The Corner

Time for the President to Take a Stand on Egypt

Egypt faces a crossroads today. Tens of thousands of people have flooded the streets of its cities to protest the repression of the Egyptian government. Despite years of exposure to the West, the Mubarak regime continues to refuse its people a voice in how they are ruled. Lacking accountability, the Egyptian government has failed to deal with such issues as corruption, high unemployment, an unjust court system, and other problems for which a democratic polity would demand solutions.

In response to the protests, Secretary of State Hillary Clinton issued a statement, noting that, “Our assessment is that the Egyptian government is stable and is looking for ways to respond to the legitimate needs and interests of the Egyptian people.”

Those who watch this video of Egyptians braving the advance of a water cannon–equipped riot truck and accompanying security forces are unlikely to conclude that the regime’s response thus far is an appropriate avenue for answering “the legitimate needs and interests of the Egyptian people.”

The images from the streets of Cairo remind one of Tiananmen Square in 1989 and of the nonviolent revolutions in Tunisia, Ukraine, Georgia, and Serbia. Today is an inflection point for Egypt and for democracy advocates around the world. Now is not the time for equivocation. Instead, today’s events present an opportunity for President Obama’s administration to assert the U.S. government’s role as the preeminent defender of freedom in the world.

Strong rhetoric from the president in his State of the Union speech tonight could correct the passive response from Secretary Clinton. It would do much for demonstrators in the streets of Cairo to hear the leader of the free world speaking on their behalf. Official American support for pro-democratic demonstrators can also make it less likely that either the current autocratic regime or a negative, non-democratic alternative such as the radical Islamist Muslim Brotherhood will gain additional influence.

The president and his administration could affirm their support for democracy and civil liberties in Egypt by immediately taking the following substantive and symbolic actions:

1. Offer immediate rhetorical support for demonstrators and condemn the crackdown by police and security forces across Egypt. Reports from social media indicate that live ammunition may have been used in Alexandria, an action that should be investigated and condemned by the international community if true.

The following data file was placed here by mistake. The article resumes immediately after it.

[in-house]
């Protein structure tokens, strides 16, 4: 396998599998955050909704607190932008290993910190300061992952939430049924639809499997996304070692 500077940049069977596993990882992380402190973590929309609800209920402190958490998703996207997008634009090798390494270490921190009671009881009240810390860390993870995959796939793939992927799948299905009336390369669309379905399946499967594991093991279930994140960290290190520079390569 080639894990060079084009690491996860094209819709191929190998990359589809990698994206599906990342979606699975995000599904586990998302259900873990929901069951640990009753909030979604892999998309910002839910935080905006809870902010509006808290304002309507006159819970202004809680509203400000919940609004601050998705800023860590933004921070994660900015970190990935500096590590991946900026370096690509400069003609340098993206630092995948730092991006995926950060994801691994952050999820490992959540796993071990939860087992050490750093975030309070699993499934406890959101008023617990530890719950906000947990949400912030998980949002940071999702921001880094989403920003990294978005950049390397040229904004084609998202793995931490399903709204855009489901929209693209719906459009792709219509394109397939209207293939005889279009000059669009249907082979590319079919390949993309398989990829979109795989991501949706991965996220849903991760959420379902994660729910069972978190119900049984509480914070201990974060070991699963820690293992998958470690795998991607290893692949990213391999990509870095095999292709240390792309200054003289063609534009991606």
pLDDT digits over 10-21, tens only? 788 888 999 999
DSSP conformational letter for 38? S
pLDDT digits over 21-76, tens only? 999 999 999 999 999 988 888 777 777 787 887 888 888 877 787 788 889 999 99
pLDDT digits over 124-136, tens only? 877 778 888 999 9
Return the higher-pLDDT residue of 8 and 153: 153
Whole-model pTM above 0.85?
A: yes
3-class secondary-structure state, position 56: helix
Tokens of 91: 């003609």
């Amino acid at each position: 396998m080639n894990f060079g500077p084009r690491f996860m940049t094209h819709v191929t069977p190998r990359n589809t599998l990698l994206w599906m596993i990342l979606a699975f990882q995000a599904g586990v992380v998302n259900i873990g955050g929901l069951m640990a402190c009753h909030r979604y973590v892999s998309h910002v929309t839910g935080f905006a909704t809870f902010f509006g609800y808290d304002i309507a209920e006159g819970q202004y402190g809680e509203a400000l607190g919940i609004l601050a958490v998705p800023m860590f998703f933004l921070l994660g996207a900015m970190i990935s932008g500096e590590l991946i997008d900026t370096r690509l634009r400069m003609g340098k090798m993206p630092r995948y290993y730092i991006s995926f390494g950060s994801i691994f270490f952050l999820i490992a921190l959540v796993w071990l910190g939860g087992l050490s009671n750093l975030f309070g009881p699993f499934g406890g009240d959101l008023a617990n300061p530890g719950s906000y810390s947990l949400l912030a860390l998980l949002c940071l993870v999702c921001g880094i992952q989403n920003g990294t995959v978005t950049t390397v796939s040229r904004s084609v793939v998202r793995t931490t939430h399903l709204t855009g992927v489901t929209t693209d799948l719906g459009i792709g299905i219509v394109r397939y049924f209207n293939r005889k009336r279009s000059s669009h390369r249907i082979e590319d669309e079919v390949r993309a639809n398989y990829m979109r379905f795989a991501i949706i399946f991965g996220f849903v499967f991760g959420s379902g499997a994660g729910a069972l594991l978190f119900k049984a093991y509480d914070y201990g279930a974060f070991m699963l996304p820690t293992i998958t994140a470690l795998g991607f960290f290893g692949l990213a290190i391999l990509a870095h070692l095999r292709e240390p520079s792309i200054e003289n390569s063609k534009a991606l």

2. Demand the unblocking of Twitter and any other social and mobile media censored by the Egyptian government.

3. Triple current democracy aid to Egypt, which was cut roughly in half between the administrations of presidents Bush and Obama. The additional assistance should go directly to nongovernmental groups, without any interference by the Egyptian state. Currently, the regime can vet the vast majority of democracy aid.

4. Cut economic aid to the Egyptian government by $100 million as an indication of Washington’s displeasure with the regime’s treatment of the Egyptian people. Officials could reinforce such a move by stating that further cuts will be made if the Egyptian government continues to act in an undemocratic manner leading up to the presidential elections in September. The U.S. should make clear that the continuance of aid to the Egyptian government rests upon a free and democratic conduct of the September elections.

President Obama’s primary foreign policy initiative in the Middle East has been an effort to speak to the people of the region. The President even chose Egypt as the platform for his address to the Muslim world, stating that:

America does not presume to know what is best for everyone, just as we would not presume to pick the outcome of a peaceful election.  But I do have an unyielding belief that all people yearn for certain things:  the ability to speak your mind and have a say in how you are governed; confidence in the rule of law and the equal administration of justice; government that is transparent and doesn’t steal from the people; the freedom to live as you choose.  These are not just American ideas; they are human rights.  And that is why we will support them everywhere. 

The president articulated this sentiment more succinctly in his Inaugural Address:

To those who cling to power through corruption and deceit and the silencing of dissent, know that you are on the wrong side of history, but that we will extend a hand if you are willing to unclench your fist.

Today in Cairo, the people President Obama sought to reach are exercising their rights as human beings.  They need the president’s support without delay.

Charlie Szrom is senior analyst and program manager for the Critical Threats Project at the American Enterprise Institute.


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